o "The Code requires a hearing on certain kinds of applications. Public hearings are required in contested applications [whether categorized as "quasi-legislative," "adjudicatory," or "ratesetting"] and in those proceedings in which a hearing appears warranted before action is taken. (See: Cal. Pub. Util. Code § 1701.1) Hearings are a matter of right in complaint cases and Commission investigations." (Public Utility Regulation in California, supra at p. 19; see also: Cal. Util. Code § 705.) Hearings are also required in proceedings based on a motion of the Commission. (Cal. Util. Code § 705) Hearings are also required in proceedings in which the Commission issues a stay or order of suspension. (Cal. Util. Code § 1762)
· Conclusion Concerning Transit Crossing Hearings at the Commission
o The Commission has safety oversight over public transit guideway systems under 49 C.F.R. Parts 659 et seq. (as the State Safety Oversight Agency to the Federal Transit Administration, U.S.D.O.T., designated by the Governor of the State of California) and Cal. Util. Code § 99152. The Commission may establish a rule to fix safety rules, practices, equipment, appliances, facilities, or construction in which the public transit guideway system's rules, practices, equipment, appliances, facilities, or construction have been determined to be inadequate or unsafe-but only after a hearing. (Cal. Util. Code § 761) The Commission may order additions, extensions, repairs, or improvements to, or changes in, the existing...equipment, apparatus, facilities, or other physical property of any public utility...to promote security to the public or the utility's employees-after a hearing. (Cal. Util. Code § 762) The Commission may require the public utility to construct, maintain, and operate its line...system, equipment, apparatus, tracks, and premises in a manner to promote and safeguard the health and safety of its employees, passengers, customers, and the public-after a hearing. (Cal. Util. Code § 768)
· In 1992, Governor Wilson designated the Commission as the agency responsible for ensuring that California complies with Section 3029 of the Intermodal Surface Transportation Efficiency Act of 1991, which later was referred to as the designated State Safety Oversight Agency as required by Title Part 49 of the Code of Federal Regulations (CFR), Part 659.
· The Commission has a well developed state safety oversight program standard, as required by Title 49 CFR 659. The program encompasses several Commission General Orders, transit system specific orders, and Rail Transit Safety Section Procedures.
AB 1010 (Oropeza, 2005) would have transferred transit safety authority from the Commission to the Department of Transportation. AB 1010 died in the Assembly Conference Committee.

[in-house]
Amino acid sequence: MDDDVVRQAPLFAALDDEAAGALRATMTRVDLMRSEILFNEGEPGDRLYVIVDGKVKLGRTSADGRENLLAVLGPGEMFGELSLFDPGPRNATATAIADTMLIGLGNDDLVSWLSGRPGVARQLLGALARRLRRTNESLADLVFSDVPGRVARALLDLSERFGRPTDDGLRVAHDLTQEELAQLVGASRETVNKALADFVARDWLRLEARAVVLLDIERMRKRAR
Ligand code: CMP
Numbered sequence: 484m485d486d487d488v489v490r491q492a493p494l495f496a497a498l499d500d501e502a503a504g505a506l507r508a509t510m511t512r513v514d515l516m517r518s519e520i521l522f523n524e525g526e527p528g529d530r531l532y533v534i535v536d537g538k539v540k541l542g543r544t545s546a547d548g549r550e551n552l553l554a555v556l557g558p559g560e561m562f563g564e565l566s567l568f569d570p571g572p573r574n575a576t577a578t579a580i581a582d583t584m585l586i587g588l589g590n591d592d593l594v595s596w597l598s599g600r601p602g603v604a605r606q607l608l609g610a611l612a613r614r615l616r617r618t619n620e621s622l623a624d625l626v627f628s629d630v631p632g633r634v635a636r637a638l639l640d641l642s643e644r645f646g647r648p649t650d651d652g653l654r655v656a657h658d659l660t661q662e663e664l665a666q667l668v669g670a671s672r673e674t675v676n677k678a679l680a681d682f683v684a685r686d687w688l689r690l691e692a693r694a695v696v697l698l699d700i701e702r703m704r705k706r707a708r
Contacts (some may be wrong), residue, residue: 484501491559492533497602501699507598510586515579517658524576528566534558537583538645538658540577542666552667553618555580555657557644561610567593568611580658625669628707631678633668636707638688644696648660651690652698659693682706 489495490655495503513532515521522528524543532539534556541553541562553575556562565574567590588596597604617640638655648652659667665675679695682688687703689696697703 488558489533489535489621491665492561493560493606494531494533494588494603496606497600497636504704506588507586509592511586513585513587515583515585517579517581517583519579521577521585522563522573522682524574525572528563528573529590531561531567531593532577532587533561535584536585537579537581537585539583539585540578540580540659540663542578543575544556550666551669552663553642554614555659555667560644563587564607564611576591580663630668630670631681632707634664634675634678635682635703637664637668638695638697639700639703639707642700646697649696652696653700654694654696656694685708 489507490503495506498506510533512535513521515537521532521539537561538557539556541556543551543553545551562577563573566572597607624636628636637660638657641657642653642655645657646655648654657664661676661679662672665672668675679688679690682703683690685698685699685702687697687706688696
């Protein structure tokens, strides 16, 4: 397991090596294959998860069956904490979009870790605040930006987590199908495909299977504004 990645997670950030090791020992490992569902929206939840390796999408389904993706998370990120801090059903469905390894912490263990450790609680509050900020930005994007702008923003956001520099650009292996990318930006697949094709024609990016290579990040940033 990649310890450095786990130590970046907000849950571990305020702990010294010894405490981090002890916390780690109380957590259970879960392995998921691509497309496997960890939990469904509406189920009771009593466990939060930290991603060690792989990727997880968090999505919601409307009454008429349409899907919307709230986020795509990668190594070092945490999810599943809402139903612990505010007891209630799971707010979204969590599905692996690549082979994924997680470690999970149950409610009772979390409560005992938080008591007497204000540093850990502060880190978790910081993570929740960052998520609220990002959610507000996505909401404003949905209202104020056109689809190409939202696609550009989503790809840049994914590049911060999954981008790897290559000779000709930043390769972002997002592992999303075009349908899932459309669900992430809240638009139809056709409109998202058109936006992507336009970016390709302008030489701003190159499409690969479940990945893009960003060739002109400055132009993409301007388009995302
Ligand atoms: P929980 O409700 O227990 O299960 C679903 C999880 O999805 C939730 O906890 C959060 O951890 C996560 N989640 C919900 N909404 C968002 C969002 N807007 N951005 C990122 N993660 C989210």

AB 2195 is pending hearing in the Assembly Appropriations Committee.
None on file.
Date: May 9, 2008
BILL NUMBER: AB 2195 AMENDED
AMENDED IN ASSEMBLY APRIL 2, 2008
INTRODUCED BY Assembly Member Brownley
FEBRUARY 20, 2008
An act to amend Section 99152 of, to add Section 99152.1 to, and to repeal Section 778 of, the Public Utilities Code, relating to transportation. An act to add Section 1701.7 to
the Public Utilities Code, relating to transportation.
LEGISLATIVE COUNSEL'S DIGEST
AB 2195, as amended, Brownley. Rail transit.
Existing law establishes the safety division of the Public
Utilities Commission. The safety division is responsible for
inspection, surveillance, and investigation of the rights-of-way,
facilities, equipment, and operations of railroads and public mass
transit guideways, and for enforcing state and federal laws,
regulations, orders, and directives relating to transportation of
persons or commodities, or both, of any nature or description, by
rail. Existing law provides that any public transit guideway
planned, acquired, or constructed after January 1, 1979, is subject
to the regulations of the
Public Utilities Commission
commission relative to safety appliances and
procedures. Existing law authorizes the commission to determine
whether a proceeding requires a hearing and prescribes separate
procedures for proceedings that the commission determines are either
quasi-legislative, adjudication, or ratesetting cases.
This bill would
transfer that responsibility to the Department of Transportation on January 1, 2010
authorize the commission to approve a public transit guideway, or to
otherwise carry out its regulatory and oversight duties over public
transit guideways, without a hearing .
Vote: majority. Appropriation: no. Fiscal committee: yes.
State-mandated local program: no.
THE PEOPLE OF THE STATE OF CALIFORNIA DO ENACT AS FOLLOWS:
SECTION 1. The Legislature finds and declares all